14. Good to know what you're dealing with and have some useful information you can use to make her more comfortable. Wishing both of you the very best.
  15. ^^ Agreed. What I'd do is simply to redirect and reward the instant that gorgeous pup breaks mental contact with the vehicle. There's no way of knowing for sure whether this will escalate or not as he matures, but you really don't want to take the chance that it will. Much better to discourage (by redirection rather than correction) now before it becomes habitual than it will be to try to undo it later when it's a firmly established response and much more difficult to reverse. As for why he reacts to some vehicles and not others, it could be something he's noticing that you're not aware of. It could be the sound of the engine's different or even the color of the vehicle. I'd actually forgotten this, but when I first adopted the dog in my avatar, who'd been a stray, he would lunge and snarl at red vehicles. It was only ever red ones, whether sedans, trucks, SUVs, but never vehicles of any other color. (So much for the myth that dogs are color blind. LOL) I often wondered if his former owner had a red vehicle and might even have dumped him from it. Whatever it was, with redirection and his gaining confidence and security in his new home, it eventually stopped.
  16. Especially border collies and other similar herding breeds. It's one of the reasons that their play styles are often incompatible with other types of dogs that prefer wrestling type play and why they often don't do well at dog parks. As an aside, I find it fascinating to watch border collies play their chase games. There are definitely rules involved, though they have nothing to do with winning the race. What I've observed is that they tend to maintain a certain distance between chaser and chasee, then will abruptly switch places so that the one doing the chasing is now the one being chased. It can look like maybe the dog chasing isn't able to overtake the other dog, but that really doesn't seem to be the case, especially after they've reversed roles and the same distance between them is maintained. It's also fascinating to observe the difference between a mature border collie (puppies are less selective w/ their playmates) in a mixed group of dogs and one in a group of border collies. I've seen so many of my own dogs mostly hang back at a dog park and only interact with me (or with whomever will throw a ball or Frisbee for them), but put that same dog into a field with a bunch of other border collies and it's immediately game on! A chase game that is, and they have the time of their lives.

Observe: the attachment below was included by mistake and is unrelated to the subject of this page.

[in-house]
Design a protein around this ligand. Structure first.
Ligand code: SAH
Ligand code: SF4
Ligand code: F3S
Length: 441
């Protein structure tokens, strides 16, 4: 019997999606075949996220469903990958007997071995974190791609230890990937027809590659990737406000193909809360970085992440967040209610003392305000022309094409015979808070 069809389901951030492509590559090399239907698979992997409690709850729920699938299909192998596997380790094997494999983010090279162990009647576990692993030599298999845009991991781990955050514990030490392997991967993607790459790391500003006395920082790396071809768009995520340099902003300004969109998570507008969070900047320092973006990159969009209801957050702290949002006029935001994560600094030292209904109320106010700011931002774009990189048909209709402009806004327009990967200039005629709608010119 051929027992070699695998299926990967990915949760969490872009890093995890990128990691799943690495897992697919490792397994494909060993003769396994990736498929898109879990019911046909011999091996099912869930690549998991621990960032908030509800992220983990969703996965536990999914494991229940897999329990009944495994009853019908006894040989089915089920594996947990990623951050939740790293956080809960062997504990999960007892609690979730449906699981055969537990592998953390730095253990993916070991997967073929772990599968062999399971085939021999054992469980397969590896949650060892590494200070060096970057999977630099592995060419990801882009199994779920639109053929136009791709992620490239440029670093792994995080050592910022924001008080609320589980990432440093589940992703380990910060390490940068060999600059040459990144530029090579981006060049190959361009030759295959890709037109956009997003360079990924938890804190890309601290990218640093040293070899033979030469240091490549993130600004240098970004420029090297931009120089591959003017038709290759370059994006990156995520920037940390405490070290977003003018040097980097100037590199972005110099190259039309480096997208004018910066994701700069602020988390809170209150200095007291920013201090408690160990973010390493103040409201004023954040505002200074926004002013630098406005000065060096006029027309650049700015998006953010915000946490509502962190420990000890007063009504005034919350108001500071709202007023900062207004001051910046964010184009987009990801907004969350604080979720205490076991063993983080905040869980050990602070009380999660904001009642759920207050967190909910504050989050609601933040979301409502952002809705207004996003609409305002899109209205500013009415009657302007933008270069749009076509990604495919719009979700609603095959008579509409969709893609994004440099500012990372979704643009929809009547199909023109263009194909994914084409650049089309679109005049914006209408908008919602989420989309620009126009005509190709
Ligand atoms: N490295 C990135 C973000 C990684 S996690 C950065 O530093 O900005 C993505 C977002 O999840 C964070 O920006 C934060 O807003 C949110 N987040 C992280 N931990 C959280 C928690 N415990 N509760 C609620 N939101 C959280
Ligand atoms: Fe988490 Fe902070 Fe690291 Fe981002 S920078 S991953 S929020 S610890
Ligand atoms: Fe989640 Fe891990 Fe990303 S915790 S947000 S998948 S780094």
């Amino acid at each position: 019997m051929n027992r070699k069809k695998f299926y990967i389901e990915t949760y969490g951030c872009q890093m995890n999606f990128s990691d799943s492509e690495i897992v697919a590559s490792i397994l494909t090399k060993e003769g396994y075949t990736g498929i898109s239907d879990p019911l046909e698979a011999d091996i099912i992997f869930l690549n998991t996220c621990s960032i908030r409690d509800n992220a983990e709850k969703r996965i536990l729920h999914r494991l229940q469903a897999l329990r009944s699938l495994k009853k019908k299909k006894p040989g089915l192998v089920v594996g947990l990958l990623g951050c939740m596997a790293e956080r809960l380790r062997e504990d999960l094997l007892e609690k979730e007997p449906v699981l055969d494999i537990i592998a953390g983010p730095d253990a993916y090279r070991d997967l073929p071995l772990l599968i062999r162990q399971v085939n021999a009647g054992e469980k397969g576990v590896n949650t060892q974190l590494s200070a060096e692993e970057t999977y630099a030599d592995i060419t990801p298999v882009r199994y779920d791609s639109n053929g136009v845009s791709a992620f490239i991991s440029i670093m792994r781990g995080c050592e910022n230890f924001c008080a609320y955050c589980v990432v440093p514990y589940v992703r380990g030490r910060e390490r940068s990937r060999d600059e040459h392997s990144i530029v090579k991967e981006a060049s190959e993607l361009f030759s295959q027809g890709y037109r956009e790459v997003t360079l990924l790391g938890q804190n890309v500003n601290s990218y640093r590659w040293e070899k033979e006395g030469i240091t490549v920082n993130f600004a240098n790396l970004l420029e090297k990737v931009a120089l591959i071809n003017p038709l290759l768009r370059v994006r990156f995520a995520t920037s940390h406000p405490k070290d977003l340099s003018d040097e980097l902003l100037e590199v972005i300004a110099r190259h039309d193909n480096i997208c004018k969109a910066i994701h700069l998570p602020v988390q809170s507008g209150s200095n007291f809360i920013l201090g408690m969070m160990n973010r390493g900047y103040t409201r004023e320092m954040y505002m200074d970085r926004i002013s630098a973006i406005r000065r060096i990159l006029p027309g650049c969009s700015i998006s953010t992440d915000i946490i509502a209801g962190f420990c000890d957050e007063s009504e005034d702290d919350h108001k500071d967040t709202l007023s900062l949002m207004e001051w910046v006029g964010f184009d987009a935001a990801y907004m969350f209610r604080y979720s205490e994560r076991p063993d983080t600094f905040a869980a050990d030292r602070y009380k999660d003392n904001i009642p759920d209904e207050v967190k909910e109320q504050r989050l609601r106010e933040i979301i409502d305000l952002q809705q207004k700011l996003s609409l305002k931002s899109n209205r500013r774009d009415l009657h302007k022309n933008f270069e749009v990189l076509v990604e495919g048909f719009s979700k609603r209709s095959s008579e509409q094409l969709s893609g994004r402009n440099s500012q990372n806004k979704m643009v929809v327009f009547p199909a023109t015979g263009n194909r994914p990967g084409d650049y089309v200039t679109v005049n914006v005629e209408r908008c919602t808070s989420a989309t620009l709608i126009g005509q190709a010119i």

17. Whether or not it's a dedicated and named (e.g. municipal) dog park or just a place where multiple people take their dogs to play off leash, it's the same thing in terms of the interactions and effects on the dogs' behavior. It's good that you can see that and will make accommodations for his benefit.
  18. That's an indication that it's overstimulating for him. Many border collies don't do well at dog parks for a variety of reasons, but most are linked to its being hyper-stimulating for a dog that's hardwired to control movement. Or else that they run into too many dogs with incompatible, or to them offensive, play styles.
  19. You can solve that problem by feeding a raw diet. Pre-covid I was doing some dog sitting and had a client with 3 large dogs. Cleaning up the yard made me gag and the sheer volume of poop was staggering. Granted my dogs were somewhat smaller than theirs, but my 3 together produced a fraction of the poop in an entire day than one of theirs did in one BM.
  20. The difference between "byproducts" in kibble and in raw diets (at least DIY raw) is that in the first they're rarely defined and in the US can therefore include things like feathers, 4D meats, roadkill etc. that either provide no nutritional value or are of questionable origin. For raw feeders "byproducts" usually refers to edible offal, parts of the animal that is not muscle meat or bone. It's almost always specifically named (e.g. beef spleen, lamb kidney, etc.) in a prepared product and provides valuable nutrients that are missing in muscle and bone. As for the Bright Minds dog food, their claim to its benefits for senior dogs is the inclusion of medium chain triglycerides (MCTs) said to support aging brains. This can also be accomplished by adding MCTs, such as coconut or palm oils (I've also seen bottles of "MCT oil" available in stores), to a dog's existing diet, preserving the option of being able to choose a food with more wholesome ingredients.